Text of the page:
#11
    viki2000
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    Re: Some experience how to handle fixed point <libq.h> 2017/05/02 12:26:07 (permalink)
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    What about the other questions that I have? Any chance to remember details?
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    Nikolay_Po
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    Re: Some experience how to handle fixed point <libq.h> 2017/05/02 13:38:35 (permalink)
    +1 (1)
    I've used Realterm under the Windows Vista. Currently I'm using Ubuntu 16.04LTS and the capturing is as simple as one string:
    cat /dev/ttyUSB0 >DataStream.csv

    I'm using sprintf() for generic cases and my own simple "C" code to transmit hexadeximals if I need a tens of ksps of integers data stream rate. Even lower end PIC24s are capable to transmit at 2Mbaud out of spec (should not receive that fast).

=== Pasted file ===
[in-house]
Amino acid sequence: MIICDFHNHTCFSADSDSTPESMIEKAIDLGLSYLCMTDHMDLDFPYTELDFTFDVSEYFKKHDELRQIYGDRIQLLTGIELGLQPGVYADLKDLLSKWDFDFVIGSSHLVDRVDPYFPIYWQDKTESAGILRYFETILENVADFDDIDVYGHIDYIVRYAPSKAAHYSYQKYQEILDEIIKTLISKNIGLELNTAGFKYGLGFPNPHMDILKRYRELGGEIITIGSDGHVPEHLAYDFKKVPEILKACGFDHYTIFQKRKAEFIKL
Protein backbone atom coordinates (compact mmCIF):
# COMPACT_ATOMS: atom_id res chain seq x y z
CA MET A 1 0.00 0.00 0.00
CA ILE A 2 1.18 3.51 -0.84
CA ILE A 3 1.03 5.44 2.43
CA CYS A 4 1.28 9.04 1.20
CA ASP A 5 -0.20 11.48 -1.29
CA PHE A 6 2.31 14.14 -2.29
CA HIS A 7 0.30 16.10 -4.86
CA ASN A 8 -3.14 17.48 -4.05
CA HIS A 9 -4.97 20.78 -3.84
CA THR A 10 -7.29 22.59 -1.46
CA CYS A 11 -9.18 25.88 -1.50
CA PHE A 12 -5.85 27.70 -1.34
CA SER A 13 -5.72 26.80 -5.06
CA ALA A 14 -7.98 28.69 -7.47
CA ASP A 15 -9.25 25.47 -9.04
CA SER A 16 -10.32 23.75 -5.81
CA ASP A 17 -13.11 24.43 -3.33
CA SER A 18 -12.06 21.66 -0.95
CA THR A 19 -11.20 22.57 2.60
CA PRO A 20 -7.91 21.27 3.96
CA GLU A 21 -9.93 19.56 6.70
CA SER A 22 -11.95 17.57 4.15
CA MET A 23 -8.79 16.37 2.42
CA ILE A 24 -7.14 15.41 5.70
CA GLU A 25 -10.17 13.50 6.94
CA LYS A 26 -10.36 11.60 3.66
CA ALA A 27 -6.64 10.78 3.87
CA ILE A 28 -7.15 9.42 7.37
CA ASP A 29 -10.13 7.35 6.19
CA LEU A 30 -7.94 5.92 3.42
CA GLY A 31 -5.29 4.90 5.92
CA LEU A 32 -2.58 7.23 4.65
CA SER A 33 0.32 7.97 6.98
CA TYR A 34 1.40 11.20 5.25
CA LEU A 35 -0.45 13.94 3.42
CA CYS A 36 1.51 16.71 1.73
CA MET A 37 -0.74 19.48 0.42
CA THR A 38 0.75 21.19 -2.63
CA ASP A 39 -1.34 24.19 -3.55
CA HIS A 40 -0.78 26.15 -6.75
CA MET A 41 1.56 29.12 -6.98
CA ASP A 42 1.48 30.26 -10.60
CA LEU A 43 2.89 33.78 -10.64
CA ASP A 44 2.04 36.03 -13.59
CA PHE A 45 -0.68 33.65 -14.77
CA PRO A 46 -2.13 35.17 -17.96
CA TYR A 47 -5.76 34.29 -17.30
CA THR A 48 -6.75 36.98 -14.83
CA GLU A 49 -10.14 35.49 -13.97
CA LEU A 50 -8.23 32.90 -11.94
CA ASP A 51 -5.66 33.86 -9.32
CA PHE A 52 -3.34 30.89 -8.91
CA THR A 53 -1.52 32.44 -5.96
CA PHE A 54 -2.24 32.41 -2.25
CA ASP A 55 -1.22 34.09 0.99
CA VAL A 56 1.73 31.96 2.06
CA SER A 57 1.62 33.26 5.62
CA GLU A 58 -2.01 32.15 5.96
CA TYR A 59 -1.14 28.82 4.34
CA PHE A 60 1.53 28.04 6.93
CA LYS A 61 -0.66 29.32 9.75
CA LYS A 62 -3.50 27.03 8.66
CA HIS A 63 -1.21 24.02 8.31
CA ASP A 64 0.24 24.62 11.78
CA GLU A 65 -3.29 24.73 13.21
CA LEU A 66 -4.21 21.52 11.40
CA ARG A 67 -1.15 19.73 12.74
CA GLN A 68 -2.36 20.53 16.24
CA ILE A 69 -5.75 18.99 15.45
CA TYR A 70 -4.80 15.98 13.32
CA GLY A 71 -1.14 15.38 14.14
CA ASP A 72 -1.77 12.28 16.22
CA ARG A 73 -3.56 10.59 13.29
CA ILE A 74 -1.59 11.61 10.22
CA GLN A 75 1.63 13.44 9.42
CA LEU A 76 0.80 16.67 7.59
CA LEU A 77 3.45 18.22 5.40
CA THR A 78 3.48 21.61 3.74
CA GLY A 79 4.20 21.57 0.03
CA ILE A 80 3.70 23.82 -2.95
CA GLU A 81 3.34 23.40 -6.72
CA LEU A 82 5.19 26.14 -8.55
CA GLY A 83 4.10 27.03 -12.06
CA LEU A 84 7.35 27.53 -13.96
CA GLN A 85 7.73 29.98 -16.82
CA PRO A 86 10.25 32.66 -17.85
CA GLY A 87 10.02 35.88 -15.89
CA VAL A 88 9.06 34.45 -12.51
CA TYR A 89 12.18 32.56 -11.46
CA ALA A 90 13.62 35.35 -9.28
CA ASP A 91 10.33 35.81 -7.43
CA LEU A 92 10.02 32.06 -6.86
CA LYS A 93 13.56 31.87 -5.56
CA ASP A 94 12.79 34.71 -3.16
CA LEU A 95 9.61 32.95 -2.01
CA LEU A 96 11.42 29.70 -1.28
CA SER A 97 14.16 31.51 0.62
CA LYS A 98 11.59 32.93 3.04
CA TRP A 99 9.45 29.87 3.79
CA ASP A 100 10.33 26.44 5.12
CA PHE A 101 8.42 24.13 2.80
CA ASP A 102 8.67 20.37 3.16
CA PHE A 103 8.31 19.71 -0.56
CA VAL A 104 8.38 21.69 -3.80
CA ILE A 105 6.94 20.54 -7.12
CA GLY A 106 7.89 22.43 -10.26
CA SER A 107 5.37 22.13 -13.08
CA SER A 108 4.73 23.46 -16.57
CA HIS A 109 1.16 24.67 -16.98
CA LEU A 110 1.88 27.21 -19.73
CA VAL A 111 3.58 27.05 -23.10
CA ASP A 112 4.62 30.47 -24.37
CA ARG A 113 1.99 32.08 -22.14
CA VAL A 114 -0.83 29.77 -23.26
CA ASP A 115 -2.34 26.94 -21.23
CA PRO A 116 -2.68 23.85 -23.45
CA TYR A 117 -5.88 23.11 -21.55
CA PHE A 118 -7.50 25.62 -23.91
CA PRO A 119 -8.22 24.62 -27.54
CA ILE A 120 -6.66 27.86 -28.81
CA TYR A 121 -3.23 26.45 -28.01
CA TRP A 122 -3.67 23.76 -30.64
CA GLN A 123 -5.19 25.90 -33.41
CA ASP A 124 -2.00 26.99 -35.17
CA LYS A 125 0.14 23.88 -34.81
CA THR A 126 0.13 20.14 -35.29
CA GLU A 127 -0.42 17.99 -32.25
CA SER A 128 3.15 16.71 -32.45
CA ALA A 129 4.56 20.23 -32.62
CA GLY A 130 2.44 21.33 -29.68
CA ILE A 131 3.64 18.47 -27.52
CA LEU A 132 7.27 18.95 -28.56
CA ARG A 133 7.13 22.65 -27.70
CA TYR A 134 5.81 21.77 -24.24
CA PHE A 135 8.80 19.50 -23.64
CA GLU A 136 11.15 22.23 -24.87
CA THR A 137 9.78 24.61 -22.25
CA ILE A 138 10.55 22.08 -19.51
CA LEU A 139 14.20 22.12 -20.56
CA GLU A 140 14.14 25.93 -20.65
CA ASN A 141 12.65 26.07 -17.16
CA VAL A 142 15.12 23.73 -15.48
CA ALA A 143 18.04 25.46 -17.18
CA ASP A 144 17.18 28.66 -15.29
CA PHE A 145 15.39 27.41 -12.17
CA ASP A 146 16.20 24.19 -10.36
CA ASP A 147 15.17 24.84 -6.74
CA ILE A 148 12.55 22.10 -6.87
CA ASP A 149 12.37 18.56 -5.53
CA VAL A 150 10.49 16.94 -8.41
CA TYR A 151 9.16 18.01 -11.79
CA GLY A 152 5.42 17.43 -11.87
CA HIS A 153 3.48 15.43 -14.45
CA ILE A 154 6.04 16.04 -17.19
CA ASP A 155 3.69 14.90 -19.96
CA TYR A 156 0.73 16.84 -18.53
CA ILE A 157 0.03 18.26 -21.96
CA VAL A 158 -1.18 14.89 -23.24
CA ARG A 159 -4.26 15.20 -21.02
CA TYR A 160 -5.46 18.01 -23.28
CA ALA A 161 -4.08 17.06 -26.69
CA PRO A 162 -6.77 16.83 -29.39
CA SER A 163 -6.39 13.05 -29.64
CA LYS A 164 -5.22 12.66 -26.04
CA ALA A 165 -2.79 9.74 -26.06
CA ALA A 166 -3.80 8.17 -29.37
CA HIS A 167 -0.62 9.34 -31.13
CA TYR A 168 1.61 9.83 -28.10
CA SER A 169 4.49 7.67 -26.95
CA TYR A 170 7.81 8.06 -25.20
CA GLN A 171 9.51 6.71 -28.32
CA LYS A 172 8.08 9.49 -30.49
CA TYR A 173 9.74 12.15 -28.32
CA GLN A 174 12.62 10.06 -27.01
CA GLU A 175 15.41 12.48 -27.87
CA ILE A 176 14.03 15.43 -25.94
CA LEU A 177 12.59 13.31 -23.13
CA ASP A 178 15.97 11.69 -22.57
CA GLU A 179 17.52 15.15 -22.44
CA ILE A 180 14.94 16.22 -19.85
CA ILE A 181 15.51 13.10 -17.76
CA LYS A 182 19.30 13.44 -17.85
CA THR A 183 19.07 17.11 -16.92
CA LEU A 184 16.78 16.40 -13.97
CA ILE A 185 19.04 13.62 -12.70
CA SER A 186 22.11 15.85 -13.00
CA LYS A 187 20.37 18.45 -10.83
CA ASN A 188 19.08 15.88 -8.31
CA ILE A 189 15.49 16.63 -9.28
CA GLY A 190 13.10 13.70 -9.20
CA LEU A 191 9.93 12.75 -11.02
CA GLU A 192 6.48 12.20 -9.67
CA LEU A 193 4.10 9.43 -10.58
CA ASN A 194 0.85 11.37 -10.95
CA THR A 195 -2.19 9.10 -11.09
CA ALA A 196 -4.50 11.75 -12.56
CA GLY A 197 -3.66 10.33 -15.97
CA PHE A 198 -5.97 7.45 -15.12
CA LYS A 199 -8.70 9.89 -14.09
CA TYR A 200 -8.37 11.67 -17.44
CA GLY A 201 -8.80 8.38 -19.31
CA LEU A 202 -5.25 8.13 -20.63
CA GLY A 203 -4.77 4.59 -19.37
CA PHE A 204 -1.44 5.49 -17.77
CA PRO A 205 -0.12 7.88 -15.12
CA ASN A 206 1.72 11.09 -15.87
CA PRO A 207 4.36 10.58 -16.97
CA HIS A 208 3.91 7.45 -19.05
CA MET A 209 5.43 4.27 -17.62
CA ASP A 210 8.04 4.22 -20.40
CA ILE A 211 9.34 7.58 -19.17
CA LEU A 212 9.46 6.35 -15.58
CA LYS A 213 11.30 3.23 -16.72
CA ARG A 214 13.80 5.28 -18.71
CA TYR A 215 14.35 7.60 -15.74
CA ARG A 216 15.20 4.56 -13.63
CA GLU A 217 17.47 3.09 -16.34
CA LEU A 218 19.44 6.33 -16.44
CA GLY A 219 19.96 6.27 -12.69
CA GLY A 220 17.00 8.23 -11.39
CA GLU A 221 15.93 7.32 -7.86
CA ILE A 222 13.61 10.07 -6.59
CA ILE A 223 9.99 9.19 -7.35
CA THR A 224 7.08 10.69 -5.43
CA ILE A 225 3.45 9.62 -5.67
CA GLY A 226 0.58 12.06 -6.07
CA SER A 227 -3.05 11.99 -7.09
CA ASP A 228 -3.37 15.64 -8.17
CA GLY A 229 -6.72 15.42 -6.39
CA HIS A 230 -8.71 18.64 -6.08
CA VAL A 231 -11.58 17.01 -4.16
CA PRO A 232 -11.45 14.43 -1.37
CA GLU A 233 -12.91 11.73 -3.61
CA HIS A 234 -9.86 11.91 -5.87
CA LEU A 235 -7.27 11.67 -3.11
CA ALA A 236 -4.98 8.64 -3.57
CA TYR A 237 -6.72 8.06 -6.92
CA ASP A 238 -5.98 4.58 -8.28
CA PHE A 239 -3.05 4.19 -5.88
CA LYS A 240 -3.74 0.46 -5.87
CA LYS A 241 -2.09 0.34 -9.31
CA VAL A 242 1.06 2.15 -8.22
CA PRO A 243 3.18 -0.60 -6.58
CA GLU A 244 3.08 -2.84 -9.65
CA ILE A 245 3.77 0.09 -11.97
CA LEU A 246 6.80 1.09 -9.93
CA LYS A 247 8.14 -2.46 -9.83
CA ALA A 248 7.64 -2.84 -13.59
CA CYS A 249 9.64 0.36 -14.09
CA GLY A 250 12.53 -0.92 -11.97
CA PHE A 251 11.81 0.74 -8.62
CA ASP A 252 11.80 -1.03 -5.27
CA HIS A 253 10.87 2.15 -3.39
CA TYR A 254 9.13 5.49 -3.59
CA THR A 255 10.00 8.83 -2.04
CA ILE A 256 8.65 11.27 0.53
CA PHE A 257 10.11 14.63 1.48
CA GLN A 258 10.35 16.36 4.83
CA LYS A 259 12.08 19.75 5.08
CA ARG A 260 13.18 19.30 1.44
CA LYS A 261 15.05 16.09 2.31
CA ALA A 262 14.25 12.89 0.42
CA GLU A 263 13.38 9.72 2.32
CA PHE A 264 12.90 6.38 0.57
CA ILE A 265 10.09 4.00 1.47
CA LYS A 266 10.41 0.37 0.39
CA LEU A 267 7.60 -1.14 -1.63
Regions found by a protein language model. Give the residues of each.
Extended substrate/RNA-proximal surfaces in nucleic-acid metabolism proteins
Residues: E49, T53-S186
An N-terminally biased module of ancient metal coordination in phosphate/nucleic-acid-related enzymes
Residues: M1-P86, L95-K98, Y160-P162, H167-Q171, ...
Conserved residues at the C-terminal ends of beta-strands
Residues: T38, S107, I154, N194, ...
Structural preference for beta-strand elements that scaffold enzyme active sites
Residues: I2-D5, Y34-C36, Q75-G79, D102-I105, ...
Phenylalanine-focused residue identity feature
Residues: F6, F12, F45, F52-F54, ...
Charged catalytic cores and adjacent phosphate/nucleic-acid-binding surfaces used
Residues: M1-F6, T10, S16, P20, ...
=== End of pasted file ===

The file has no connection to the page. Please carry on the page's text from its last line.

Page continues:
#13
    viki2000
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    Re: Some experience how to handle fixed point <libq.h> 2017/05/03 00:53:08 (permalink)
    +1 (1)
    I used too RealTerm to visualize and capture data:
    https://sourceforge.net/projects/realterm/
    Then also RS232 Data Logger from Eltima, the freeware version:
    https://sourceforge.net/projects/rs232portlogger/
     
    Here are the screenshots video recordings and the captured data:
    https://goo.gl/YIIjQD
     
    Then I have tried some trial version of Device Monitoring Studio and Advanced Serial Data Logger:
    https://www.hhdsoftware.com/device-monitoring-studio
    https://www.aggsoft.com/asdl-rs232-to-excel.htm
    Or simple Tera Term:
    https://ttssh2.osdn.jp/index.html.en
    The data is saved in a .txt or .log file or any other specific file, attached you may see the .txt captured files.